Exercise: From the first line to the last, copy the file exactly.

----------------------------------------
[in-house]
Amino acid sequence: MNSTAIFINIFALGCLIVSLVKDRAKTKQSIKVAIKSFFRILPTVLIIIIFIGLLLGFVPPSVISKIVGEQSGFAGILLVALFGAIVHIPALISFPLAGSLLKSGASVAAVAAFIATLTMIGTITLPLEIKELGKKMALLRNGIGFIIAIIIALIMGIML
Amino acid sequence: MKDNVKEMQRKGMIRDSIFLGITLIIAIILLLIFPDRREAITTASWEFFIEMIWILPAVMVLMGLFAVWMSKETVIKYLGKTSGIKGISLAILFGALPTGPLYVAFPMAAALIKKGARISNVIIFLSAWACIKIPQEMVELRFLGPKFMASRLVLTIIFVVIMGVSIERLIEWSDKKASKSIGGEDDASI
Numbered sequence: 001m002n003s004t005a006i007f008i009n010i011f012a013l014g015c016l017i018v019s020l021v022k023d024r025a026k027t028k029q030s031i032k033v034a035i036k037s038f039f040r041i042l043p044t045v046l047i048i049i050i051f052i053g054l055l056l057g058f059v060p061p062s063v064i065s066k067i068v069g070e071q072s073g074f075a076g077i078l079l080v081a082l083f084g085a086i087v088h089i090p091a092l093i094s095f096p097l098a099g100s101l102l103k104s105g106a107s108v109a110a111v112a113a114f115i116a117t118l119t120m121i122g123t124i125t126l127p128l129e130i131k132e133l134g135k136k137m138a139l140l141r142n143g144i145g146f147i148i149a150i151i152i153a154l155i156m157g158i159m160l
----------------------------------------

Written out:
[in-house]
Amino acid sequence: MNSTAIFINIFALGCLIVSLVKDRAKTKQSIKVAIKSFFRILPTVLIIIIFIGLLLGFVPPSVISKIVGEQSGFAGILLVALFGAIVHIPALISFPLAGSLLKSGASVAAVAAFIATLTMIGTITLPLEIKELGKKMALLRNGIGFIIAIIIALIMGIML
Amino acid sequence: MKDNVKEMQRKGMIRDSIFLGITLIIAIILLLIFPDRREAITTASWEFFIEMIWILPAVMVLMGLFAVWMSKETVIKYLGKTSGIKGISLAILFGALPTGPLYVAFPMAAALIKKGARISNVIIFLSAWACIKIPQEMVELRFLGPKFMASRLVLTIIFVVIMGVSIERLIEWSDKKASKSIGGEDDASI
Numbered sequence: 001m002n003s004t005a006i007f008i009n010i011f012a013l014g015c016l017i018v019s020l021v022k023d024r025a026k027t028k029q030s031i032k033v034a035i036k037s038f039f040r041i042l043p044t045v046l047i048i049i050i051f052i053g054l055l056l057g058f059v060p061p062s063v064i065s066k067i068v069g070e071q072s073g074f075a076g077i078l079l080v081a082l083f084g085a086i087v088h089i090p091a092l093i094s095f096p097l098a099g100s101l102l103k104s105g106a107s108v109a110a111v112a113a114f115i116a117t118l119t120m121i122g123t124i125t126l127p128l129e130i131k132e133l134g135k136k137m138a139l140l141r142n143g144i145g146f147i148i149a150i151i152i153a154l155i156m157g158i159m160l